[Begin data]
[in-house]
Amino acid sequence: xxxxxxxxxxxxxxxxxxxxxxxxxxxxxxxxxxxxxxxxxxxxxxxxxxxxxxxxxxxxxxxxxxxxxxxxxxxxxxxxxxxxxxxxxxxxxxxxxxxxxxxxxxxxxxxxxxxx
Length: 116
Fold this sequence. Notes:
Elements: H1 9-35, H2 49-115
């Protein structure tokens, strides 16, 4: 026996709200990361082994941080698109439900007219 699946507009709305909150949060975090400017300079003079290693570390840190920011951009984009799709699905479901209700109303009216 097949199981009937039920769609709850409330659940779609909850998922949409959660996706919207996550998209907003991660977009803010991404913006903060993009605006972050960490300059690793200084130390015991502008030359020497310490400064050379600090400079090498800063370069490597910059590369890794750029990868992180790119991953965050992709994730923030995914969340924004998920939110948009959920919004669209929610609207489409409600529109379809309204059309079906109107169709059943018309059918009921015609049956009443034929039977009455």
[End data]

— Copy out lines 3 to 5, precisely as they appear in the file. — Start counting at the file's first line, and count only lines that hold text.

Length: 116
Fold this sequence. Notes:
Elements: H1 9-35, H2 49-115